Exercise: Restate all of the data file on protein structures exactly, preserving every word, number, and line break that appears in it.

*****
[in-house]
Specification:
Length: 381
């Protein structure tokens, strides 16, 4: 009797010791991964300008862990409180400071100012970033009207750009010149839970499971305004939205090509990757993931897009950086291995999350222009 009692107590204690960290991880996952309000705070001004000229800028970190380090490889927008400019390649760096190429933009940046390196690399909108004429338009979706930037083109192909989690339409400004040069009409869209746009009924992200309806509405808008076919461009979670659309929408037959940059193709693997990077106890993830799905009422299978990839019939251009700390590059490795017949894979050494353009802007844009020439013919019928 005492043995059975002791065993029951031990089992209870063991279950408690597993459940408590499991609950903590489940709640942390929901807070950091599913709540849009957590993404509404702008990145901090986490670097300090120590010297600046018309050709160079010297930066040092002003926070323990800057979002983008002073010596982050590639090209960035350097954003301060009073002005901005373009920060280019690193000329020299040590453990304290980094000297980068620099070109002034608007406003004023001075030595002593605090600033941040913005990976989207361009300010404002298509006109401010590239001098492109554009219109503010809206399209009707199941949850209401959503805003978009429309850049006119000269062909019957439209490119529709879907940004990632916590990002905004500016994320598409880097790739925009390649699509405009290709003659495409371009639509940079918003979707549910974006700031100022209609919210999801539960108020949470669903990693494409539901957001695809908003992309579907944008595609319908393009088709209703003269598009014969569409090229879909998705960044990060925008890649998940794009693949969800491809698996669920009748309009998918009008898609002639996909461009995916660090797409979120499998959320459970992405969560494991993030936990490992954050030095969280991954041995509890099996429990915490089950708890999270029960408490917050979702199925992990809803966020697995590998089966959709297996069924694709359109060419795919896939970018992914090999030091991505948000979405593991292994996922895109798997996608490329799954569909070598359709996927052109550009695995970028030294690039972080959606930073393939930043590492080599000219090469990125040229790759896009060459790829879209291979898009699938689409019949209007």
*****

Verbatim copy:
[in-house]
Specification:
Length: 381
């Protein structure tokens, strides 16, 4: 009797010791991964300008862990409180400071100012970033009207750009010149839970499971305004939205090509990757993931897009950086291995999350222009 009692107590204690960290991880996952309000705070001004000229800028970190380090490889927008400019390649760096190429933009940046390196690399909108004429338009979706930037083109192909989690339409400004040069009409869209746009009924992200309806509405808008076919461009979670659309929408037959940059193709693997990077106890993830799905009422299978990839019939251009700390590059490795017949894979050494353009802007844009020439013919019928 005492043995059975002791065993029951031990089992209870063991279950408690597993459940408590499991609950903590489940709640942390929901807070950091599913709540849009957590993404509404702008990145901090986490670097300090120590010297600046018309050709160079010297930066040092002003926070323990800057979002983008002073010596982050590639090209960035350097954003301060009073002005901005373009920060280019690193000329020299040590453990304290980094000297980068620099070109002034608007406003004023001075030595002593605090600033941040913005990976989207361009300010404002298509006109401010590239001098492109554009219109503010809206399209009707199941949850209401959503805003978009429309850049006119000269062909019957439209490119529709879907940004990632916590990002905004500016994320598409880097790739925009390649699509405009290709003659495409371009639509940079918003979707549910974006700031100022209609919210999801539960108020949470669903990693494409539901957001695809908003992309579907944008595609319908393009088709209703003269598009014969569409090229879909998705960044990060925008890649998940794009693949969800491809698996669920009748309009998918009008898609002639996909461009995916660090797409979120499998959320459970992405969560494991993030936990490992954050030095969280991954041995509890099996429990915490089950708890999270029960408490917050979702199925992990809803966020697995590998089966959709297996069924694709359109060419795919896939970018992914090999030091991505948000979405593991292994996922895109798997996608490329799954569909070598359709996927052109550009695995970028030294690039972080959606930073393939930043590492080599000219090469990125040229790759896009060459790829879209291979898009699938689409019949209007």